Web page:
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Chris Stewart

Collective Architecture's Chris Stewart discusses his overlapping roles as architect and member of the Scottish Ecological Design Association in promoting green design to a wider audience.

COP26 Day Five

November 6th, 2021

Following in the footsteps of Greta Thunberg, I made my way to COP 26. Sounds impressive, but in reality I was just late for the march, and they had all gone. Seriously gone, the only signs that 20,000 Friday Futures activists had travelled through the area where some returning children with placards, and a lot of bikes chained up on the Kelvingrove fences. Sad that yet again I had missed the action I trudged down to COP26.

Cheered up by the camaraderie and enthusiasm of my fellow RIAS delegates, we sat down to a Nordic Pavilion discussion about the dual crisis of biodiversity and energy. It was fascinating to see how just 30 mins of discussion opened the opportunity to map the best locations to generate wind power both on the land and the sea could be integrated with a complimentary mapping of biodiversity. The dual urgent need to massively increase renewable energy can therefore be carried out with minimal disruption to our eco systems. Mapping and multi-disciplinary working are familiar to architects, and the immediate metaphors to our own workplace was striking. We chatted like mad through our masks as we wandered around the maze of stalls, why is everything we do so linear and confrontational.

Today we delved deeper into the COP underbelly and sat through some of the formal process, difficult to follow and highly procedural we persevered, if not just to understand how a meeting of 200 countries function, and how difficult it could be to come to an agreement. This contrasted with how a small panel of four could brainstorm an idea only to face a torturous route to reality. Are politicians the log jam, with this thought in our heads it was interesting to listen into a discussion organised by ICLEI (Local Governments for Sustainability), a circular economy debate between like-minded cities and how grassroot initiatives should be at the fore front of mainstream development. Heartening to see Glasgow lead this initiative, and I for one will do all I can to both help our dear green place and hold them / us to our commitments.

Time had come for my RIAS pals to catch their trains back to their cities, one last detour  to take in The Sustainable Glasgow Landing. Always a hive of activity with vertical gardens, a Beyond Zero Home and today a series of Brazilian films highlighting their threatened culture and environment. We made the train and I waved of my friends, to what is likely to be my last day at the official COP, we hand over the batten to a fresh crew next week.

It has been a fascinating week although I somehow have felt more detached within the COP26 circus tent, than outside. It has been a joy to meet up with my RIAS comrades on a daily basis and discuss what we can do. The issues are vast however we can all make a difference; our job will be to continue in a field which is far from without significance. Next step for me, today I am off to join the COP26 Coalition March from Kelvingrove Park, take a turn at the GIA COP26 Shop, then catch up on what I have missed.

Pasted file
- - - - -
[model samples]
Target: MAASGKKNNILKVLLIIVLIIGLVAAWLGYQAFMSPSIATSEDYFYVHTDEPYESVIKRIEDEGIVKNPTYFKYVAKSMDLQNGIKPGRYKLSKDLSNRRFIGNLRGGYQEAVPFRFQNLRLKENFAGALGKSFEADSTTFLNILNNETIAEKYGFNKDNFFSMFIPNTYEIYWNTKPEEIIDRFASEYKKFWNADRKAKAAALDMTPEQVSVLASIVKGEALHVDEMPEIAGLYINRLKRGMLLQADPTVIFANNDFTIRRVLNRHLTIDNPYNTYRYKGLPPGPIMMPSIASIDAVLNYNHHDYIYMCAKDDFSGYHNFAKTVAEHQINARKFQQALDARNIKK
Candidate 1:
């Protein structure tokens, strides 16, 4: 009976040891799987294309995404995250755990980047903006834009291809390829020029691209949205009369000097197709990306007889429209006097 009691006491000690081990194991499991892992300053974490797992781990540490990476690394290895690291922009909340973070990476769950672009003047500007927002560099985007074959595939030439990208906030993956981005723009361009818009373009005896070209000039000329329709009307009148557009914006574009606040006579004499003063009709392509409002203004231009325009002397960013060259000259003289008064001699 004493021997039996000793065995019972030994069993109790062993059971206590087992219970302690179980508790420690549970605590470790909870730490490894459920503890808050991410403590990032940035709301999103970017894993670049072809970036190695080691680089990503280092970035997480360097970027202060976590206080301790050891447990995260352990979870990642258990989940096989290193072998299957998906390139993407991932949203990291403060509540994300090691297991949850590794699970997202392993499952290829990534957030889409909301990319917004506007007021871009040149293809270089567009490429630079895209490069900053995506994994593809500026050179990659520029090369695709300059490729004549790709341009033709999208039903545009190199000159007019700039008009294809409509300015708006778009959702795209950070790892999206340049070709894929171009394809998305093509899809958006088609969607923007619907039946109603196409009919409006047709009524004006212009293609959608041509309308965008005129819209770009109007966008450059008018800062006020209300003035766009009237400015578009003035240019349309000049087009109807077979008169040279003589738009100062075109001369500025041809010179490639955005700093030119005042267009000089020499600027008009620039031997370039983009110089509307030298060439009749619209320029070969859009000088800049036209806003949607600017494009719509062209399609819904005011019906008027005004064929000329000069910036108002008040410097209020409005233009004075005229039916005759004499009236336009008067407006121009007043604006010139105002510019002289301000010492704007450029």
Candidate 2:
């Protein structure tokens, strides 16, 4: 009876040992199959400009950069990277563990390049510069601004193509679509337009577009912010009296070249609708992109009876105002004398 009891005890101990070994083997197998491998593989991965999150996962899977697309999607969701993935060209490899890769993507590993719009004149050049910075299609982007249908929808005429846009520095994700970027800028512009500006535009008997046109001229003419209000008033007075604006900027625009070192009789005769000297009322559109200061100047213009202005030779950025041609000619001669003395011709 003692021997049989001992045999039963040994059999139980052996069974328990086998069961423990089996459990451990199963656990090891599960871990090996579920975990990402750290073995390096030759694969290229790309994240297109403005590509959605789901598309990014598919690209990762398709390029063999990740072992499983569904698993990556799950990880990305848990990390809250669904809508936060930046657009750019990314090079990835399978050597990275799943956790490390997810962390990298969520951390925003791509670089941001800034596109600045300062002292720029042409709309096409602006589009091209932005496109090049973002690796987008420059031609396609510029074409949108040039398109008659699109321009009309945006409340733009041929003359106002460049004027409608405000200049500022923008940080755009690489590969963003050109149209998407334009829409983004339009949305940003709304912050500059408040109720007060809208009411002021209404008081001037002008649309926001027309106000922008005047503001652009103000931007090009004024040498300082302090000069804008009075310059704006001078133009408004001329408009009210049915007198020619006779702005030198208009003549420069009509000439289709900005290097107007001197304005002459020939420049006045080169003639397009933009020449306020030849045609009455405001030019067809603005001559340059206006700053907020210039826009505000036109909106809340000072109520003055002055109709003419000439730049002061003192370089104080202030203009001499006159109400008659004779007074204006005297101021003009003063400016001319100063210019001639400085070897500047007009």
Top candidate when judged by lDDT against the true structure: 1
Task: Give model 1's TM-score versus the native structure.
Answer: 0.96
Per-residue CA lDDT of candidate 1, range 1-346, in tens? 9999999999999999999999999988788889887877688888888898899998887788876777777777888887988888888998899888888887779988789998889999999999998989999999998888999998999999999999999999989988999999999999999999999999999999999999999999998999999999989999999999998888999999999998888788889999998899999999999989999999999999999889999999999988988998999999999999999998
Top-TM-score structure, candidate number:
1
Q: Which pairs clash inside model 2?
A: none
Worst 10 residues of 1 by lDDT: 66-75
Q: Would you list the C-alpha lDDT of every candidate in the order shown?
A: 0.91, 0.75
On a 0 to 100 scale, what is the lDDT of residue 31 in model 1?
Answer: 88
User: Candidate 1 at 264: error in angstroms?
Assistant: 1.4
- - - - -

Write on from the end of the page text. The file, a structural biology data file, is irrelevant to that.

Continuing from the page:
The Sustainable Glasgow Landing https://www.thesustainableglasgowlanding.com/events

IGS Vertical Farm  https://www.intelligentgrowthsolutions.com/cop26

Beyond Zero Homes  www.beyondzerohomes.co.uk 

RIAS Inspiring Futures https://riasinspiringfutures.com

COP26 Day Four

November 4th, 2021

Finding it hard to face being locked in a windowless COP campus for a third day in a row, I thought I would venture out into the Fringes. The weather is fine and there is so much happening, a glance at the climate fringe calendar tells me there is something for everyone. I decided to head for East Glasgow and the Many Studios, the GIA Cop Shop and ACAN’s exhibition at the New Glasgow Society Gallery.

First stop the Many Studios, an independent organisation who run a creative hub and workplace at Ross Street in the Glasgow Barras and home to several ACAN COP26 events. Yesterday saw ‘Replicating Retrofit’, a locally driven retrofit movement; this evening we have ‘Cop or Flop’ a cabaret style evening of stand up comedy, roasting the state of the built environment. This afternoon however I sat down to a joint ACAN / SEDA event ‘Zero Carbon Homes: How can they be healthy too’. A fascinating debate around air quality and its impact on architecture.

Nearby on the High Street in an ecological shop front face off, the Glasgow Institute of Architects (GIA) COP shop and the New Glasgow Society Gallery stare across at each other. The GlA 'pop up' COP Shop at 274 High Street will be open for a fortnight to raise awareness about the impact that climate change will have on Glasgow, why we must all work together to combat it, and the role architecture plays in our environment. Across the road, the New Glasgow Society play host to the Architects Climate Action Network (ACAN) exhibition, Architecture of Crisis: Hopes and Visions in two parts. The first part will run from the 27thOctober to the 13th November and explain the work of ACAN. While from the 14th November until the 21st November, once cop has run its course, the exhibition will demonstrate a vision for a post COP26 world.

Back to formal COP26 duties tomorrow but I would recommend to everyone, please get involved, all the great events and exhibitions are not just fascinating, they could make all the difference.

 

COP26 Climate Fringe Events Calendar -  https://climatefringe.org/events-calendar-all/

ACAN COP25 events -  https://www.architectscan.org/cop26

Glasgow Institute of Architects - https://gia.org.uk

SEDA events - https://www.seda.uk.net/events

New Glasgow Society - https://www.newglasgowsociety.org

COP26 Day Three

November 4th, 2021

Groundhog Day, ten to the right, ten to the left, wait a bit, negative. Covid test, passport, and delegate letter in hand, I was berated by the stewards for bringing to much proof of existence, my UN blue lanyard was all that is required to enter sustainable heaven. Through the pearly gates I floated around the blue zone dragged down by the guilt of privilege.